Deep Learning via Teamwork
Who hasn’t cringed at the thought of group work? One or two students always seem to shoulder the lion’s share of the assignment while the rest of the group rides quietly along, earning credit but learning little. Then exams come around, and it’s clear who did the heavy lifting and who didn’t lift a finger.
That kind of group work doesn’t do anyone any good. That’s why no one is doing it anymore. So what are savvy and successful instructors doing instead? Find out in Using Group Work to Promote Deep Learning. This 60-minute presentation shows you how to revise your courses and then raise your expectations for the work students do in and out of the classroom.
About your presenter
Barbara J. Millis PhD., Director of the Teaching and Learning Center, University of Texas at San Antonio, received her Ph.D. in English literature from Florida State University. She frequently offers workshops at professional conferences, particularly the Lilly Teaching Conferences, and for over 300 colleges and universities, including ones in Qatar, Turkey, and New Zealand. She publishes articles on a variety of faculty development topics such as cooperative learning, peer classroom observations, deep learning, the teaching portfolio, microteaching, syllabus construction, classroom assessment/research, critical thinking, writing for publication, focus groups, writing across the curriculum, academic games, and course redesign.
In this 60-minute presentation, Millis shows you how to:
- Use tightly structured courses and assignments
- Focus on problem solving during out-of-class and in-class assignments and activities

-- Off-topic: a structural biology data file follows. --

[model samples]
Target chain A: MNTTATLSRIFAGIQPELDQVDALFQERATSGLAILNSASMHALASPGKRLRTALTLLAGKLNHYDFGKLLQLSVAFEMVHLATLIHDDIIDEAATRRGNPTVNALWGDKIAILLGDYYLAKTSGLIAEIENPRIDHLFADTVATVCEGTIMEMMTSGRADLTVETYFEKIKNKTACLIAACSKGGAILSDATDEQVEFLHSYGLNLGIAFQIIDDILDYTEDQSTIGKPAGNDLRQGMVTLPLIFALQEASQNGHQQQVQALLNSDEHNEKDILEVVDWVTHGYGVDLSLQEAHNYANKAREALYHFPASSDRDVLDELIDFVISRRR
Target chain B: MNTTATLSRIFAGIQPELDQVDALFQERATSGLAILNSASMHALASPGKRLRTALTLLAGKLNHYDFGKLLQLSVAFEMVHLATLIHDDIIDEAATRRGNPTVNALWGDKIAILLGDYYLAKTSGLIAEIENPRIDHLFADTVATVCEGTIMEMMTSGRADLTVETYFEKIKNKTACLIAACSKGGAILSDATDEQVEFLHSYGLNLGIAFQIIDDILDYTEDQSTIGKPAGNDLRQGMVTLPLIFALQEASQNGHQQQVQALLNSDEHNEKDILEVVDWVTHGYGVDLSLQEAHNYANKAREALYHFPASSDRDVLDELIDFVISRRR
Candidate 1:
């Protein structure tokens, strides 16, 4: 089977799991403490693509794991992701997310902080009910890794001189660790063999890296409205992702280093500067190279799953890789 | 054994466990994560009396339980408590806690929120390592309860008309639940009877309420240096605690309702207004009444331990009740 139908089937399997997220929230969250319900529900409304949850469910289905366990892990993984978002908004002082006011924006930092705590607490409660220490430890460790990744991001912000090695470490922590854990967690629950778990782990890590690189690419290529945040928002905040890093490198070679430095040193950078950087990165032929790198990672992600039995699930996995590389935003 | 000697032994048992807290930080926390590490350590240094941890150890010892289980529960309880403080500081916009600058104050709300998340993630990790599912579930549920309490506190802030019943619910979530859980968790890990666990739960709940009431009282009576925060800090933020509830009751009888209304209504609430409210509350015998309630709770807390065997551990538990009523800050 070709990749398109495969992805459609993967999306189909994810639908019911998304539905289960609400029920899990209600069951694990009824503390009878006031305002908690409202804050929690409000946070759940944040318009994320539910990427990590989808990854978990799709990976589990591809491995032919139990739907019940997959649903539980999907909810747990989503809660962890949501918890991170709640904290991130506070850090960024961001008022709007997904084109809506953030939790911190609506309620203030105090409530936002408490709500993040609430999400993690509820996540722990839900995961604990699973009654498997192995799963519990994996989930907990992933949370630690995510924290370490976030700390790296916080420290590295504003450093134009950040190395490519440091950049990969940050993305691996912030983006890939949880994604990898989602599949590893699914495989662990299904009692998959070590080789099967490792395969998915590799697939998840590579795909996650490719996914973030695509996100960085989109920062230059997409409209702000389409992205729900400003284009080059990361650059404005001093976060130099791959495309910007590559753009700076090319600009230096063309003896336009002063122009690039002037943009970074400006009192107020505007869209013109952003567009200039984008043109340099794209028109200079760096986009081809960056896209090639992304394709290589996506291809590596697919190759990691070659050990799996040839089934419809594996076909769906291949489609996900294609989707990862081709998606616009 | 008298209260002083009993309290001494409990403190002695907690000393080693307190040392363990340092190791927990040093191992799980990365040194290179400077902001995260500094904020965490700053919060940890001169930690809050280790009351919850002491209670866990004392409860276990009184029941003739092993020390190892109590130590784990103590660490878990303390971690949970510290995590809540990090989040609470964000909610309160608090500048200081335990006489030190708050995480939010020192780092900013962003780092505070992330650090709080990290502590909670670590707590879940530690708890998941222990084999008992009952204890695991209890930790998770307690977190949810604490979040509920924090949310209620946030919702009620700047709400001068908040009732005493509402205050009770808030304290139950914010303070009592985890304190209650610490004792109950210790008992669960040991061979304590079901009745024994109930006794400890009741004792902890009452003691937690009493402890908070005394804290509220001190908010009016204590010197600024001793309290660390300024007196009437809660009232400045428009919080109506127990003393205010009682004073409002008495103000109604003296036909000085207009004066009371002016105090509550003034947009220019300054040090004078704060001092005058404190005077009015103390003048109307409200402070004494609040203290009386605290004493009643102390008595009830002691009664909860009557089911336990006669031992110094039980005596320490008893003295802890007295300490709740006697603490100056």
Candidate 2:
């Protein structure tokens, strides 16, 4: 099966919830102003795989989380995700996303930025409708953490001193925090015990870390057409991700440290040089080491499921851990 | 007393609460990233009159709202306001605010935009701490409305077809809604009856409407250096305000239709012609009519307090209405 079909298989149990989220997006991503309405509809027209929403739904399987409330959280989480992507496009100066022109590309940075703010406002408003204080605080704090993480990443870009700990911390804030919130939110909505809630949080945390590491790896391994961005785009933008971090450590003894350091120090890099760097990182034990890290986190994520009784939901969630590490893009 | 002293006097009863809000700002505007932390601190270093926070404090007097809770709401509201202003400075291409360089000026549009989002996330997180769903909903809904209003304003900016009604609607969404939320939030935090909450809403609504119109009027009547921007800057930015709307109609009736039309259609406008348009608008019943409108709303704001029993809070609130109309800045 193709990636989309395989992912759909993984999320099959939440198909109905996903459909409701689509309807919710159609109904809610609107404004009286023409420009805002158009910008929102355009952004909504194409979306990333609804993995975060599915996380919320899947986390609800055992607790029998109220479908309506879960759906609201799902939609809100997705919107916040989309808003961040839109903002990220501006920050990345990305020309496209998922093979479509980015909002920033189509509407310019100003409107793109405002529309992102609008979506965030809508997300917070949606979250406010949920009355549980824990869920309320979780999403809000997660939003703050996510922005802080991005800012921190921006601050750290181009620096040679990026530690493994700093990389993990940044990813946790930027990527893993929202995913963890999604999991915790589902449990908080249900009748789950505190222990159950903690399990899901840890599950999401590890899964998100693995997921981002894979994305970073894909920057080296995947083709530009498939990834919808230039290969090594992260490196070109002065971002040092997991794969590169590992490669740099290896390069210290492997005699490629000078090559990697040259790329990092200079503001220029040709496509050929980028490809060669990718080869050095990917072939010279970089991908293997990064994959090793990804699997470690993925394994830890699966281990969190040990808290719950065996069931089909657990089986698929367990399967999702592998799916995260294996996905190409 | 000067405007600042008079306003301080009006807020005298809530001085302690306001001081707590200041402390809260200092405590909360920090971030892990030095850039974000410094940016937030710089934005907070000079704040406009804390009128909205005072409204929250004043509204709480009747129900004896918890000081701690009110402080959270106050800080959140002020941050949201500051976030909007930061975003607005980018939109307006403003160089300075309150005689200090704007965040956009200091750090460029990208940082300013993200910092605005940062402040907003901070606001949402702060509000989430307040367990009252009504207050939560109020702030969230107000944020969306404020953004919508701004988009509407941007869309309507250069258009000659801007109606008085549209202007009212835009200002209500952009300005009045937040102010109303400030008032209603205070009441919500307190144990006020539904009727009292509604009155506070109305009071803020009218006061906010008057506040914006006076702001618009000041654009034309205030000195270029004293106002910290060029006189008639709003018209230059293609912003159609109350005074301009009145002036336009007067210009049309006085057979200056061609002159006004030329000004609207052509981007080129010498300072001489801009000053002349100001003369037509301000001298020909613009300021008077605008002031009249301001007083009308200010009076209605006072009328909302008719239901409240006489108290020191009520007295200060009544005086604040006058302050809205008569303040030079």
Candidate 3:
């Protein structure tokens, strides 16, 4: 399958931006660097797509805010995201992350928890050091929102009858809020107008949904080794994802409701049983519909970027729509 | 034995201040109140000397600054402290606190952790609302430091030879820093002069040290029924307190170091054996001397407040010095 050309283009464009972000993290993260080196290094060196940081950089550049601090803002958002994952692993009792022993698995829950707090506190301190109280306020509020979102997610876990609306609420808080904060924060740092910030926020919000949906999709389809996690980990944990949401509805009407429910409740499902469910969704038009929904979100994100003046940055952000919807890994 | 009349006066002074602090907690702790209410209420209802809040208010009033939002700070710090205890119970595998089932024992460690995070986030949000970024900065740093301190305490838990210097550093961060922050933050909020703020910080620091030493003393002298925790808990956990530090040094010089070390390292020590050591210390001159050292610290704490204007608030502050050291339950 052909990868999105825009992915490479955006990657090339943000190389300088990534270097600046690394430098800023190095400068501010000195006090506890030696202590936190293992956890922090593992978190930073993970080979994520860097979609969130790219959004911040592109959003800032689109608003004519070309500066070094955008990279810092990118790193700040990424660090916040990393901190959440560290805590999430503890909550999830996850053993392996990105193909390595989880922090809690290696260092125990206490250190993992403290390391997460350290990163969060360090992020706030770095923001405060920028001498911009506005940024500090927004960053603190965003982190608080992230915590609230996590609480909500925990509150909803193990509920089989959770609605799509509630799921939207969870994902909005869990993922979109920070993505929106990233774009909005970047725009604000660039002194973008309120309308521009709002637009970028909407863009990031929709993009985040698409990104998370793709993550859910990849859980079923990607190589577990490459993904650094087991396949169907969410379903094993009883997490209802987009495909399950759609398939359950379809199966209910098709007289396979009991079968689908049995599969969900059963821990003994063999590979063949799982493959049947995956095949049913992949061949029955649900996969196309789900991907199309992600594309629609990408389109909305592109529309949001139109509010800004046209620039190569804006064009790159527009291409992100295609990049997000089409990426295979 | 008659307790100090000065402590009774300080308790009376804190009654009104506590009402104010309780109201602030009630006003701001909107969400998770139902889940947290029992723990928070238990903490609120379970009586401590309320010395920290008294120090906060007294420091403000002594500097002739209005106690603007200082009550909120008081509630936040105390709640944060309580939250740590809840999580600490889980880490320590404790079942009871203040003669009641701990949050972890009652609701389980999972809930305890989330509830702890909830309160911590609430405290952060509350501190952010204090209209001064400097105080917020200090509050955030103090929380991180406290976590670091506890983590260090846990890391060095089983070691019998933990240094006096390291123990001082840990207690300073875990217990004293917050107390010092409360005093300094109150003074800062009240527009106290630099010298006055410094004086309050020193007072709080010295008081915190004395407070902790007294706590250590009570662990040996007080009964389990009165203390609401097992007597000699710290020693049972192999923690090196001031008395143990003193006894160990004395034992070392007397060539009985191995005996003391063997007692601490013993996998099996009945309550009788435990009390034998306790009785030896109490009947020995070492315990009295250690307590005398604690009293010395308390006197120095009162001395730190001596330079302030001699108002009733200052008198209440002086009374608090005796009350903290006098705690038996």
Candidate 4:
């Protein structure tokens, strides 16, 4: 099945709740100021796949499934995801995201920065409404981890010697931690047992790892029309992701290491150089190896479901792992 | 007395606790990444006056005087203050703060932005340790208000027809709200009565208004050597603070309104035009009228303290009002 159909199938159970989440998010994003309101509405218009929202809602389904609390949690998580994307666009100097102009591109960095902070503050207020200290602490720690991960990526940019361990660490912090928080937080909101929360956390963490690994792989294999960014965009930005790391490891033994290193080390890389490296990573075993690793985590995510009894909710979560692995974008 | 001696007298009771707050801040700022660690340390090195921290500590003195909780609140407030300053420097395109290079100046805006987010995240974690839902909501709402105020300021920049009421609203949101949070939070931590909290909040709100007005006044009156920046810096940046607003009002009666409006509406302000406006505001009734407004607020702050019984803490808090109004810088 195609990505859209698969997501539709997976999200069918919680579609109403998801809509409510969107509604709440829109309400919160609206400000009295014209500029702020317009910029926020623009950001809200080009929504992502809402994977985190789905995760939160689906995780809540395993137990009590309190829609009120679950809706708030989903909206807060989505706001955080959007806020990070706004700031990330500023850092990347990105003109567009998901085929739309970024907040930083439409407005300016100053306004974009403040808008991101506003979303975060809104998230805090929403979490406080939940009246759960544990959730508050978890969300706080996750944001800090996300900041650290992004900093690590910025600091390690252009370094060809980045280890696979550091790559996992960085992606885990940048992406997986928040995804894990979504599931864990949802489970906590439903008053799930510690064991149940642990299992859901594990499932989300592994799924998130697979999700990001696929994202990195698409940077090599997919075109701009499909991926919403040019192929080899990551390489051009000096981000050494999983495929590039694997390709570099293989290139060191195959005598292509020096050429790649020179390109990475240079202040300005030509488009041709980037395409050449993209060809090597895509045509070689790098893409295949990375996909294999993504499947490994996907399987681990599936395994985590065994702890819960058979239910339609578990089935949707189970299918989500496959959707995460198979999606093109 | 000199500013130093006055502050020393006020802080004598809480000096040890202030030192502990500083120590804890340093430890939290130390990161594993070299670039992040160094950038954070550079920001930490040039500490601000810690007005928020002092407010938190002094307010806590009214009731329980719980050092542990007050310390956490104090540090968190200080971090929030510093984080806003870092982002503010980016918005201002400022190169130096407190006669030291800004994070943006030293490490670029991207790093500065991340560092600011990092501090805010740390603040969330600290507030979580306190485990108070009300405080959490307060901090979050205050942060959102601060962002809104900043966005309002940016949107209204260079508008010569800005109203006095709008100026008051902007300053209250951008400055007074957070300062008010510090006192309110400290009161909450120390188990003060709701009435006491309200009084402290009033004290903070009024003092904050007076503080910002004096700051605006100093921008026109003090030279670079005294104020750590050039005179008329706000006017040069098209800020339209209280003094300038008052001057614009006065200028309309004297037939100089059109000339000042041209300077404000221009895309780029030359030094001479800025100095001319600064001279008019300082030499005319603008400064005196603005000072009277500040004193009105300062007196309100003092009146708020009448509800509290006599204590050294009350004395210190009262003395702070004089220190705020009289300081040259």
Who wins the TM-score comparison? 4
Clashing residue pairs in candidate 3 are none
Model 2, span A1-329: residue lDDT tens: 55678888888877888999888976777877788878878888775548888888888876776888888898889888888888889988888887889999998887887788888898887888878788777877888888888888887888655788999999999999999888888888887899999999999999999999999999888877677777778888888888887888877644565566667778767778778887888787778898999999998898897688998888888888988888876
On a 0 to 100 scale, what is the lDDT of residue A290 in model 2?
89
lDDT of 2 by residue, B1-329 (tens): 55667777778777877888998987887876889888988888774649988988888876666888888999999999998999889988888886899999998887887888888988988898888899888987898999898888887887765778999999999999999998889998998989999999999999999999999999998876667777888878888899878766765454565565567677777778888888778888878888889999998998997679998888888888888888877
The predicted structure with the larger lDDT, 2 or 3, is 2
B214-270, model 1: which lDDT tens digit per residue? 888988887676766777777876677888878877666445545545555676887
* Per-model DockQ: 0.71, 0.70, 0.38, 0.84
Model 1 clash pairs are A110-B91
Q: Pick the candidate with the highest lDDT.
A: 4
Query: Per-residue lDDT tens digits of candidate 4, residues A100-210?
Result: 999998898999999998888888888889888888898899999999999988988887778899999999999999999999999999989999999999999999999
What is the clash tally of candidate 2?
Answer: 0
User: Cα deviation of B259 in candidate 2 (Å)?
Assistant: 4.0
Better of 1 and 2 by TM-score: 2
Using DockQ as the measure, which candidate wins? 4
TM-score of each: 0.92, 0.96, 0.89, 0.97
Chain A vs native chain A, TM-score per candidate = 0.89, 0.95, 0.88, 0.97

- Use heterogeneous, teacher-selected groups (students must not self-select their work groups)
- Promote positive interdependence
- Foster individual accountability within group assignments and activities
- Use group activities to process out-of-class learning
- Pay attention to and promote leadership skills in all students
This seminar will teach you to:
- Revise course design to incorporate out-of-class learning via readings, videos, and independent activities
- Dedicate in-class time to discussions and student-centered exercises that help students process their out-of-class learning
- Apply cooperative learning principles and practices, including classroom management techniques
- Engage students in their own learning process
Who will benefit
Learn how cooperative learning can change your instructional approach and your students’ academic outcomes.
- Faculty members and instructors
- Faculty development staff
- Department chairs
Have questions or need technical assistance?
Contact our Customer Service Department!
To watch a Magna Online Seminar, you simply need a computer with speakers, web browser, Windows Media Player, and the Microsoft Silverlight plug-in.
Questions about our online seminars? FAQ